There wasn’t much new put on the table at the Senate Commerce Committee’s DTV hearing. In fact, it was sparsely attended in terms of actual senators, who are trying to leave town and have an extremely compelling Wall Street distraction in front of them. But let’s congratulate Committee Chairman Daniel Inouye (D-HI) for a refreshing outburst of honesty. Asking various agency witnesses, the FCC’s Kevin Martin in particular, if they have enough money to pull the DTV transition off 2/17/09, he said he wasn’t criticizing anybody, and blamed Congress for not bothering to properly fund a comprehensive DTV education program as was done in Great Britain. He is promising to get an additional $20M to Martin for further outreach – Martin said that would be useful but couldn’t say if it would be enough.
Much discussion centered on outreach to at risk populations, particularly the elderly. Wilmington Mayor Bill Saffo said his town has had great success using fire department personnel to help befuddled citizens (doubling the value of their visit by doing a smoke alarm check). And Josefina Carbonell of HHS says local providers who see shut-in elderlies are being encouraged and trained to use their often daily visits to check DTV preparedness.
A big lesson from Wilmington has been to get citizens to get ready for the transition well in advance, so that we don’t have the entire nation trying to resolve problems at once on deadline day.
Speaking to the problem of lost coverage, as in the case of NBC WECT, which in analog stretched from Raleigh to Myrtle Beach but is more centered on Wilmington in digital. Martin noted that citizens on the poles should be able to get NBC programming from the polar markets. The problem is people in between Wilmington and Raleigh, or Wilmington and Myrtle Beach, and end up getting no NBC station at all. Martin said in such cases they’ll be looking at licensing repeater stations to fill in coverage.
RBR/TVBR observation: The citizens of the US will owe a huge thank you to NAB, NCTA and other organizations that are in fact footing the bill for DTV education, to the tune of $1.4B. And that’s not some propaganda number from some press agent somewhere. That number is from the Government Accountability Office. Way to go, NAB!
Kevin J. Martin, Chairman, Federal Communications Commission: The measure of success of Wilmington will be what happens in February. Vast majority there were aware of transition and prepared for it. Difficult-to-resolve problems include lost access to stations due to contour changes – WECT no longer available all the way from Raleigh to Myrtle Beach. Not too much signal loss due to cliff effect, involving less than 1% of households.
Meredith Attwell Baker, Acting Assistant Secretary of Commerce, Communications and Information, National Telecommunications Information Administration: 10M coupons redeemed, 49.3% of all coupons distributed. 158 certified boxes, 83 with analog passthrough. Participation by over-air-only households is on track, working at improving participation in markets that seem below par. Teaching consumers to apply, try and buy, and avoid waiting until the last minute. Nursing homes etc. being included in the program. Congress is working to give flexibility/funding to continue program through the end of the project. 44.5M coupons as it stands, flexibility will take that number up to 50.5M coupons.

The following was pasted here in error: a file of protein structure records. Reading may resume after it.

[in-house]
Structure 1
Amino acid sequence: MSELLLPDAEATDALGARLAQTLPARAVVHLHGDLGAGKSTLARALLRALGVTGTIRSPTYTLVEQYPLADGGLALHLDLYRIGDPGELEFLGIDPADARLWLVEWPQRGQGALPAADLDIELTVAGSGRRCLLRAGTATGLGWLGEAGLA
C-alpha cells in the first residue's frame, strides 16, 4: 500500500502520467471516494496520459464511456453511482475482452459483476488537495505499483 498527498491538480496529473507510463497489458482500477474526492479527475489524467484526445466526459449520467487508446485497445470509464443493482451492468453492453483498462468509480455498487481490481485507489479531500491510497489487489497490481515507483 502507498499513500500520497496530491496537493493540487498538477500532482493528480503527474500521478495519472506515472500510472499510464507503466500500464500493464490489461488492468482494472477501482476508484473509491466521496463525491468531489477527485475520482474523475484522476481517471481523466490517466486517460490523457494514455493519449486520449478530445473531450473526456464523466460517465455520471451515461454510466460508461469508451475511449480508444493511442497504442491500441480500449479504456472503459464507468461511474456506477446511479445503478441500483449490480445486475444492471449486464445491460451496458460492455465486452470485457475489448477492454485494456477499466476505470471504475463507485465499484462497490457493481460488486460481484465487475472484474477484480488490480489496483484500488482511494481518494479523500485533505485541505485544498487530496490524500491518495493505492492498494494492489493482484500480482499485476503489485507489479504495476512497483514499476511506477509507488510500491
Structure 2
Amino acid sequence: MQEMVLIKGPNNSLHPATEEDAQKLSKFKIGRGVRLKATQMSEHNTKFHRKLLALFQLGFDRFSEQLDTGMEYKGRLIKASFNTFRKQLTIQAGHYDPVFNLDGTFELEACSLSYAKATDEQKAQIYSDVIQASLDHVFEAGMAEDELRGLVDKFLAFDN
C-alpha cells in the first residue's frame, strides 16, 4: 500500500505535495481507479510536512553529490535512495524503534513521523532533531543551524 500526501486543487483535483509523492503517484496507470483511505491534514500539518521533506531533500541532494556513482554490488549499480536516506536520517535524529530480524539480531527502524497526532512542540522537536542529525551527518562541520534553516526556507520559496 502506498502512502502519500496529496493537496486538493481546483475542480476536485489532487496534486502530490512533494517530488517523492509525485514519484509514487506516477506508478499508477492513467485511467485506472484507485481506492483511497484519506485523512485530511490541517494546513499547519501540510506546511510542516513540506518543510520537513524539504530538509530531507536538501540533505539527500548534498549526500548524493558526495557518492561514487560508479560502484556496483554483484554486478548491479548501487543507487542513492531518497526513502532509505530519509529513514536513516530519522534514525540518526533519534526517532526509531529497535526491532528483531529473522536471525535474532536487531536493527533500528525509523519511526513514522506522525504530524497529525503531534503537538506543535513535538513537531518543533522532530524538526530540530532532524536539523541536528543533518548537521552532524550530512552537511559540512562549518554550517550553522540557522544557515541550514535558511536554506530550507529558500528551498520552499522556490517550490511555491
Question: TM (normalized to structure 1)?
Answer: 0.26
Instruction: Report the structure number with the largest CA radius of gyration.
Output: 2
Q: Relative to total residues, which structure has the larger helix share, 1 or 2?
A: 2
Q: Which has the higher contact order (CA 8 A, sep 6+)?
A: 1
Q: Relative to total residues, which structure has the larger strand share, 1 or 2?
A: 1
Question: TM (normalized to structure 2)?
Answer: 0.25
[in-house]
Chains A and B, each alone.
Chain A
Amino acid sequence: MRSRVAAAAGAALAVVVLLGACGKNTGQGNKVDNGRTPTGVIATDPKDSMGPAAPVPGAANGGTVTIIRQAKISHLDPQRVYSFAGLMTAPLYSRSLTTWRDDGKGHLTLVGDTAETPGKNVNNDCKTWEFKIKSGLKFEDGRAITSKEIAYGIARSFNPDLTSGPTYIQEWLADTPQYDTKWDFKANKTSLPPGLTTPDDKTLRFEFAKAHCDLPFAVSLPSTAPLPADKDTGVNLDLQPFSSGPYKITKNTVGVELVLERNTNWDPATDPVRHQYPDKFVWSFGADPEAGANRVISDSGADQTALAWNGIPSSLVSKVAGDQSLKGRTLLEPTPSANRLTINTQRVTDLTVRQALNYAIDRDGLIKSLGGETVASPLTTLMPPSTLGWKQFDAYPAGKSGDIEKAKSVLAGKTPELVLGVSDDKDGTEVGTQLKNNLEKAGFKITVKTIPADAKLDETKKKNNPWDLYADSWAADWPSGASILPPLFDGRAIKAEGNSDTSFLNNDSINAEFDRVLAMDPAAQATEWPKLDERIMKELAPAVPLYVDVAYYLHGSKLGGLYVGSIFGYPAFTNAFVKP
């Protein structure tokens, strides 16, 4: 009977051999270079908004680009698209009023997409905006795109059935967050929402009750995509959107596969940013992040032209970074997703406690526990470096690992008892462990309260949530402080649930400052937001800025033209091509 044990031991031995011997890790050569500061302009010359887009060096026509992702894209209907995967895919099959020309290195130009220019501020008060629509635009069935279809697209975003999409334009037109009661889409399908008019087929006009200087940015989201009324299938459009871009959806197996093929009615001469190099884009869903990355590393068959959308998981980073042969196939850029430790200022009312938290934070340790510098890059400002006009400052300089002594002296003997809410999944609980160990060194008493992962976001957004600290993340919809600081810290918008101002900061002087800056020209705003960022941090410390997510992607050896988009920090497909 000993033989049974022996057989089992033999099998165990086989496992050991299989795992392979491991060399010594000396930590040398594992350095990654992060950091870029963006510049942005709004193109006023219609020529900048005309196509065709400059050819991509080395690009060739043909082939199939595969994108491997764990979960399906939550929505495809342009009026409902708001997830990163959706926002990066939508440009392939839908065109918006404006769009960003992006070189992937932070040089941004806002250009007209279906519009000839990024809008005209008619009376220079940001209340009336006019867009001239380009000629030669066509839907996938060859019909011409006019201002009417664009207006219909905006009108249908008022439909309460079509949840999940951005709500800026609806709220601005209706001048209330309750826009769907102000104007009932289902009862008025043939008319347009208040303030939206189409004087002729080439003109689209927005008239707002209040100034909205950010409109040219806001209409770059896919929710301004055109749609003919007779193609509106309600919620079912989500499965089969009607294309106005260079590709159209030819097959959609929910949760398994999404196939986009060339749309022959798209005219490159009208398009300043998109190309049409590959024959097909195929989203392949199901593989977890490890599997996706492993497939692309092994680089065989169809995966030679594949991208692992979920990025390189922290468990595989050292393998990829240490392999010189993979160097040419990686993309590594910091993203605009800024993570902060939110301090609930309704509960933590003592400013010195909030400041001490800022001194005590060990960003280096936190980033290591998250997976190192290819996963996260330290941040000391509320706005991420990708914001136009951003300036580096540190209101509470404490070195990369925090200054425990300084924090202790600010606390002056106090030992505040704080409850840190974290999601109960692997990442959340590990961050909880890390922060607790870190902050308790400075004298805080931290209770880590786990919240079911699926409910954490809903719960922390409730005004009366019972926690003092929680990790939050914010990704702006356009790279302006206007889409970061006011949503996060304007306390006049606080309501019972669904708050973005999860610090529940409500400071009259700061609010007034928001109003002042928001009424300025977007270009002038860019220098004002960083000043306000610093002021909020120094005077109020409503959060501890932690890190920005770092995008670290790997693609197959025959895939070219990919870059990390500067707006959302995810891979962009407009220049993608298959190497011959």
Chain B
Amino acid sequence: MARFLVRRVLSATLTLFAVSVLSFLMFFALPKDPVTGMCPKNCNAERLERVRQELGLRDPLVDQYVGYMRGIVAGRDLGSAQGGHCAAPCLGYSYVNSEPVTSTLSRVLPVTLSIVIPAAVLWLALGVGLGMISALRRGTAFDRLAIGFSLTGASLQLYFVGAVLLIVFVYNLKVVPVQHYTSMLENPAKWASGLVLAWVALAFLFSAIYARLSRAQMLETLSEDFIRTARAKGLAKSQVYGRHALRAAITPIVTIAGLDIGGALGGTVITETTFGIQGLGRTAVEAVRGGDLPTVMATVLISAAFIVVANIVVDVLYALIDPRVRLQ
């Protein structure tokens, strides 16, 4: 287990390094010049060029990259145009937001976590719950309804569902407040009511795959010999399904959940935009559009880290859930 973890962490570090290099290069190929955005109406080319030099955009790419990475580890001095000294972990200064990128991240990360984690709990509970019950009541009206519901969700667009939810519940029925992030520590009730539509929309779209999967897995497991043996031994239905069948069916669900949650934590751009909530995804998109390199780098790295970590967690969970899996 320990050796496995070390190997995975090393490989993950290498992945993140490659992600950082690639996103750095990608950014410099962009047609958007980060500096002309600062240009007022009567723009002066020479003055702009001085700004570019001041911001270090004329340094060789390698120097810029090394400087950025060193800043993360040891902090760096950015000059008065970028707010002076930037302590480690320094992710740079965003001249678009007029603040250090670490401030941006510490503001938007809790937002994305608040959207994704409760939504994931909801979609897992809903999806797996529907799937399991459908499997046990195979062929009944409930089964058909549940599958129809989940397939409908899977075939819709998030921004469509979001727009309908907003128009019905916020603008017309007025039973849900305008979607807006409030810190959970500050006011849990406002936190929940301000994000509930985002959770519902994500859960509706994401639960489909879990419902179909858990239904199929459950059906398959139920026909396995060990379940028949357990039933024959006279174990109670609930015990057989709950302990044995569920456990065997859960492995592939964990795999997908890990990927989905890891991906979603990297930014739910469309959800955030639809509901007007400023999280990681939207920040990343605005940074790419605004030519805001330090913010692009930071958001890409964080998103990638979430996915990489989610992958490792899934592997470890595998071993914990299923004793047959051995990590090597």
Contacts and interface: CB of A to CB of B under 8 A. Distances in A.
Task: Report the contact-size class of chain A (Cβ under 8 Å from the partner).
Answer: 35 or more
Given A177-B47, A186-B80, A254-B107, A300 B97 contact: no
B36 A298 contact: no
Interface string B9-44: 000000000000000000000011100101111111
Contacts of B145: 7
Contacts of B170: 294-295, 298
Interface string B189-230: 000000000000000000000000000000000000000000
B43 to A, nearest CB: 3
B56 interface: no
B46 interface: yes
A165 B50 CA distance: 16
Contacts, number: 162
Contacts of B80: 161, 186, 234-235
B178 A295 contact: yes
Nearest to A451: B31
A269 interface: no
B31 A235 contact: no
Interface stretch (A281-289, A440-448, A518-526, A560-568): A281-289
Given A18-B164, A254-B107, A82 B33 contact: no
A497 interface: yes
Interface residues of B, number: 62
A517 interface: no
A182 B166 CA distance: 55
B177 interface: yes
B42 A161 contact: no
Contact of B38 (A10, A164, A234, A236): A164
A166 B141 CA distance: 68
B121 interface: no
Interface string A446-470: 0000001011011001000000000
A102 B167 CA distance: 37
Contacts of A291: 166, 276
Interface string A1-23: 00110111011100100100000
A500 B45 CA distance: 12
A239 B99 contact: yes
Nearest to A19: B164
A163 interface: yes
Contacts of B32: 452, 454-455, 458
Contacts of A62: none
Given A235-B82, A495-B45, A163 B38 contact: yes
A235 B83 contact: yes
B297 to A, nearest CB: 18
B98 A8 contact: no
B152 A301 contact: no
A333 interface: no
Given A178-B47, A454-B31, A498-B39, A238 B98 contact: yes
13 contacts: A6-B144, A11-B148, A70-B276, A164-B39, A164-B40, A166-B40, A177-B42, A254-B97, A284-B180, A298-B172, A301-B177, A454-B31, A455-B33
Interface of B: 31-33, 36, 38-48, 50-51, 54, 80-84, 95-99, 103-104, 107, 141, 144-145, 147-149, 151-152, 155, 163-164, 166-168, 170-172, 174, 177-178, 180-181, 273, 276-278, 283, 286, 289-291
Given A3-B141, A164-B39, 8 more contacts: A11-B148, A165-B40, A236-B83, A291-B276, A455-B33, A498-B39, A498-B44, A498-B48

Josefina Carbonell, Assistant Secretary for Aging, U.S. Department of Health and Human Services, Administration on Aging: HHS participation in the DTV transition is reaching out to the most at-risk populations, including the unique needs of older Americans. Working to provide hands-on assistance where it’s needed.
Mark Goldstein, Director, Physical Infrastructure Issues, U.S. Government Accountability Office: NAB, NCTA have combined to spend $1.4B to promote the transition. FCC & NTIA have worked on public education programs, focusing on at-risk groups. NTIA has done a good job with coupon program so far but plans going ahead are unclear. Spike in demand for coupons is likely; a flood of requests may slow down return rate; but there seems to be no plan for this eventuality.
Bill Saffo, Mayor, Wilmington, North Carolina: FCC even set up a temporary office in the local chamber of commerce. Comprehensive educational effort went everywhere. Broadcasters saturated the airwaves with information. Private-public partnership was a key to success. First responders were kept in the loop. Contact with the elderly using rabbit ear antennae was critical. Vast majority of post-transition calls seem to have come from seniors having trouble getting converter boxes operating correctly. 80% of residents with problems helped over the phone; 20% required visit. Used fire department, who made it a double-value trip by checking for working smoke alarms. Common converter box problem was simply failure to run autoscan. Biggest suggestion: Get public to act early; make sure knowledgeable staff is ready to answer the phone immediately.